The National Commission on the BP Deepwater Horizon Oil Spill recently
issued its report to the President. Consistent with previous findings,
the Commission found that a series of missteps led to what’s been
called the worst ecological disaster in U.S. history. In describing the
multiple causes of the disaster, the Commission described how the participants
missed warning signals, failed to share information, and lacked understanding
of the real risks involved.
Another observation which may not get as much attention relates to oil
spill liability. In discussing that topic, the Commission described exactly
the reason why caps on liability are bad policy. It said the spill’s
victims or federal taxpayers should not “have to pay the bill for
industry’s shortcomings.” According to the Commission, increased
liability limits “would also serve as a powerful incentive for companies
to pay closer attention to safety, including investing more in technology
that promotes safer operations.”
As the Commission recognized, caps do not make disaster costs go away.
The families of the workers killed in the Deepwater Horizon explosion
must still be supported financially, and the enormous costs of environmental
cleanup must still be paid for by someone. Caps just shift these costs
from the party or parties directly responsible to the taxpayers.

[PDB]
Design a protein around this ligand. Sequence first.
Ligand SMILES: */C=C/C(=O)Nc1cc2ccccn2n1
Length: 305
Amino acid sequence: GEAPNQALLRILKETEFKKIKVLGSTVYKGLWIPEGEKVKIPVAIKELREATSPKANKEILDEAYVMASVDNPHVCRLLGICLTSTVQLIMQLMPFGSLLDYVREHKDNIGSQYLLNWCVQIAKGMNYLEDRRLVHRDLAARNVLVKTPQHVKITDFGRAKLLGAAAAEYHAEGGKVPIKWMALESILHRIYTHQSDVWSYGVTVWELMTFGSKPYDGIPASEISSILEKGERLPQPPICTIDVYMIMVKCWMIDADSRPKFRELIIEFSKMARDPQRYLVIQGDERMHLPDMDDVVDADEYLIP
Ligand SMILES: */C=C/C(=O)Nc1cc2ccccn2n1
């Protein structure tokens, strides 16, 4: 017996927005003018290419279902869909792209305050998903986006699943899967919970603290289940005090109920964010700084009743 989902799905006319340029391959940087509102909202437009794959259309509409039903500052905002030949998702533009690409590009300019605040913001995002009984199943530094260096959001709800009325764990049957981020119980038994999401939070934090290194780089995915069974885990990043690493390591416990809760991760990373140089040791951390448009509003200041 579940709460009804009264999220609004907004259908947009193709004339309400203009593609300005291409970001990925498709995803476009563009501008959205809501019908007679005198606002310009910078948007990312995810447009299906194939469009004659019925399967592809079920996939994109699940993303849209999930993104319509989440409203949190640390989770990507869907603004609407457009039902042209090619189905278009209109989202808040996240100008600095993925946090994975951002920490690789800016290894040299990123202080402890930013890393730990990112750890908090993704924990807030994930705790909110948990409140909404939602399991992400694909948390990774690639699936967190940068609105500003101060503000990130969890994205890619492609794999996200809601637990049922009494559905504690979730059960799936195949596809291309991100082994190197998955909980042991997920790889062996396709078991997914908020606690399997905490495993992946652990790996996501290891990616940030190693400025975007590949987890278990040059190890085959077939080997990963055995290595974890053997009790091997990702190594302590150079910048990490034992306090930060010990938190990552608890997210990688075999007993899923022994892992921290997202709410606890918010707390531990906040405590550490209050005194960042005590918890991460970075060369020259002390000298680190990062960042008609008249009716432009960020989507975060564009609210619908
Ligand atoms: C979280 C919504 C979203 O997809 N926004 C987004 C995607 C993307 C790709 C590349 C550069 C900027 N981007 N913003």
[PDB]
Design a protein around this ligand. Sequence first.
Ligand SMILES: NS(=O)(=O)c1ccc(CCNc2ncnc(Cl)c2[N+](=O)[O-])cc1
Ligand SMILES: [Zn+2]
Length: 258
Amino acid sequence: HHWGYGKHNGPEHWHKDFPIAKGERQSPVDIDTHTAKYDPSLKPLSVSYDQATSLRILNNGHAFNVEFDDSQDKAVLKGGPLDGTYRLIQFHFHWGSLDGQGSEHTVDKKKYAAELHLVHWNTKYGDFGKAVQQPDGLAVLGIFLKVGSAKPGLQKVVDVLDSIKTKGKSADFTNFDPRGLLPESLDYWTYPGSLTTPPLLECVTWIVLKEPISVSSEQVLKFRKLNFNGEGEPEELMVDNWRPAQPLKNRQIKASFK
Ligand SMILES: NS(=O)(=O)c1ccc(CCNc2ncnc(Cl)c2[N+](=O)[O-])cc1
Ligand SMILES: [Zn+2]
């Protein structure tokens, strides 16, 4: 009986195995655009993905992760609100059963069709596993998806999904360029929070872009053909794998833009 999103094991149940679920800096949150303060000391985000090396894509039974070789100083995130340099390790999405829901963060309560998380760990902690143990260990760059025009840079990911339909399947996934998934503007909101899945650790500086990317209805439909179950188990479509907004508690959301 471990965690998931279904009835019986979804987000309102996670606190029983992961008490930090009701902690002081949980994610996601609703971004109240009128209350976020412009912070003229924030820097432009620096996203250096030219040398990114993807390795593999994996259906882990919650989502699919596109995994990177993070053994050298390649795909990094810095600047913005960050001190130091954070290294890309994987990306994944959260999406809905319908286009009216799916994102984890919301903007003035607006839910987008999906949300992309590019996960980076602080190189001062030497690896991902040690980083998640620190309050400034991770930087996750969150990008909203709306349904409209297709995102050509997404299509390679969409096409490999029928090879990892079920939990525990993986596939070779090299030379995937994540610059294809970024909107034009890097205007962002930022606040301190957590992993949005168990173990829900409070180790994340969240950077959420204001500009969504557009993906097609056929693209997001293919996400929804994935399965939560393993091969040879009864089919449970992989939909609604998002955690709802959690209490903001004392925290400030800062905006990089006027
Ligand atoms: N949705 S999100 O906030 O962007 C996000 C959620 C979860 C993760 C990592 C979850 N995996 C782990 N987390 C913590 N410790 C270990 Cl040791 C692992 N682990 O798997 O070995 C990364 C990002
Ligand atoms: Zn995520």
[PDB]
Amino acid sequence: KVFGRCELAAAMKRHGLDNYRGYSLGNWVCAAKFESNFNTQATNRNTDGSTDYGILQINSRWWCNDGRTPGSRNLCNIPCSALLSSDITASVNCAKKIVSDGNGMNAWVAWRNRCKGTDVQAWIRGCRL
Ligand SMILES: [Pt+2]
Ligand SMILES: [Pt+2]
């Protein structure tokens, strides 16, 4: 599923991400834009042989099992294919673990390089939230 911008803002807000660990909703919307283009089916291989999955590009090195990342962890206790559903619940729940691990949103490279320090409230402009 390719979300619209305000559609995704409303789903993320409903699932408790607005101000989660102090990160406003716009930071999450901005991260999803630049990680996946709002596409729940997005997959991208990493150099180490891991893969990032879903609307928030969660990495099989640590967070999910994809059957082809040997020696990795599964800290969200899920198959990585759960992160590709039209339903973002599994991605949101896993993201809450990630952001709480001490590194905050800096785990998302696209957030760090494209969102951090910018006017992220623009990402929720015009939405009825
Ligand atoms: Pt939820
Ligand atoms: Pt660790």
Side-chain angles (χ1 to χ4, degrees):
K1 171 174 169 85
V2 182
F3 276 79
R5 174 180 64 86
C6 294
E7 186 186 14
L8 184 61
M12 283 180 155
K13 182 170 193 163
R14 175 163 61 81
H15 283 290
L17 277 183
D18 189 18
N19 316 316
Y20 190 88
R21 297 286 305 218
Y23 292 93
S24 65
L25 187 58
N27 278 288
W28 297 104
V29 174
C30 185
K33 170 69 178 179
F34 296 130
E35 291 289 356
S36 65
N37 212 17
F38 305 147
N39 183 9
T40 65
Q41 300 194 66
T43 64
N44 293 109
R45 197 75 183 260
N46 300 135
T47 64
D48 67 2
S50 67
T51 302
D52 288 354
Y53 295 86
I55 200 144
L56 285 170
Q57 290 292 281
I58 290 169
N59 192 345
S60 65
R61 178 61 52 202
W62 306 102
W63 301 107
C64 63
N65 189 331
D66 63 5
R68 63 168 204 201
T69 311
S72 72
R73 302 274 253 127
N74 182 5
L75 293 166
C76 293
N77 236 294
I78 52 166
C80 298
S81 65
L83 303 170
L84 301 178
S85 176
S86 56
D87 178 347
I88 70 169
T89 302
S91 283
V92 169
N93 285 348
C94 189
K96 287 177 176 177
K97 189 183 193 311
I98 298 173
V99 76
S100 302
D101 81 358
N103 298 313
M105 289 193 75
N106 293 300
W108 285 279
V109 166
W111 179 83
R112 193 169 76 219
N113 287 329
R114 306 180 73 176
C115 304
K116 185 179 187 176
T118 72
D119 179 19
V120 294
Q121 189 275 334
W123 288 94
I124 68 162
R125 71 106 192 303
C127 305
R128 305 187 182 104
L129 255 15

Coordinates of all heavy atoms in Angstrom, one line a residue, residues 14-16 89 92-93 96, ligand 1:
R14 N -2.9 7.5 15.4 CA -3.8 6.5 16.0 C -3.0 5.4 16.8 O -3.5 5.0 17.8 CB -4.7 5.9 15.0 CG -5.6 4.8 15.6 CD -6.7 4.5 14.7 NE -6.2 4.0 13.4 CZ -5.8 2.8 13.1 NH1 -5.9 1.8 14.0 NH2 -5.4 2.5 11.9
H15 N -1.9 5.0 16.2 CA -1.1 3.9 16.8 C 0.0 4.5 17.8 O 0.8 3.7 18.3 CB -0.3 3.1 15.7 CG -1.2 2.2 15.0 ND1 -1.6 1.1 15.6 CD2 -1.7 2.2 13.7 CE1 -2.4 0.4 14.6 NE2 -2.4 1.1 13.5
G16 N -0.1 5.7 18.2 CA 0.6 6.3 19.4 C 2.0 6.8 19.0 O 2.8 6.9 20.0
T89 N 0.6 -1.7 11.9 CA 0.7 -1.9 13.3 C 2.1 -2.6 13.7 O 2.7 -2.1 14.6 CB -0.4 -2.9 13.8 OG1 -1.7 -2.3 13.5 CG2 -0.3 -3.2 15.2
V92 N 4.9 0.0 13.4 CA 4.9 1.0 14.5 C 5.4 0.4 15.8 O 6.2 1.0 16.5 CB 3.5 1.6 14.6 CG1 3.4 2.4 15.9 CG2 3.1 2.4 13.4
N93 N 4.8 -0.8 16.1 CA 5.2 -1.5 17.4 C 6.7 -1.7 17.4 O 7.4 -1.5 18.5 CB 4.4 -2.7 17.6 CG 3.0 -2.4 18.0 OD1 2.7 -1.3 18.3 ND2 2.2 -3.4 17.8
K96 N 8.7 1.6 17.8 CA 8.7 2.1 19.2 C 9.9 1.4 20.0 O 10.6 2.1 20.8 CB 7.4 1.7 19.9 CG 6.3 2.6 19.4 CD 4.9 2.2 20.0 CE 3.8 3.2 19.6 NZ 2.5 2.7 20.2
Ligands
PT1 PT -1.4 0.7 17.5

This is not just true for liability caps under oil pollution laws. When
a person is seriously injured or killed, whether it is through an auto
accident, medical malpractice, or a workplace hazard, someone has to pay
for medical care or financial support. The question is not whether the
financial burden exists; it does. The only question is who should pay for it.
There could not be a worse time for shifting costs from private industry
to taxpayers. Unlike ordinary Americans, large corporations have recovered
nicely from the affects of the recession. They are sitting on enormous
cash reserves. Federal and state governments, on the other hand, are drowning
in debt. Putting more liabilities on taxpayers to make life easier for
private industry in these times is financially suicidal.
The Commission’s point about safety is also important. The threat
of liability for injury or death claims, in the Commission’s words,
create a “powerful incentive” to improve worker safety. Conversely,
liability caps reduce a company’s incentive to strive for a better
workplace. For-profit corporations, by their very nature, exist to make
money. The best way to make them behave responsibly is to take the profit
out of cutting corners in a way which puts others at risk.
The oil spill, the Massey mine disaster, phony documents used by banks
in foreclosure cases, and the sudden acceleration problem with Toyota
vehicles, were all major news stories last year. To see why liability
caps are bad public policy, all you had to recently was read a newspaper.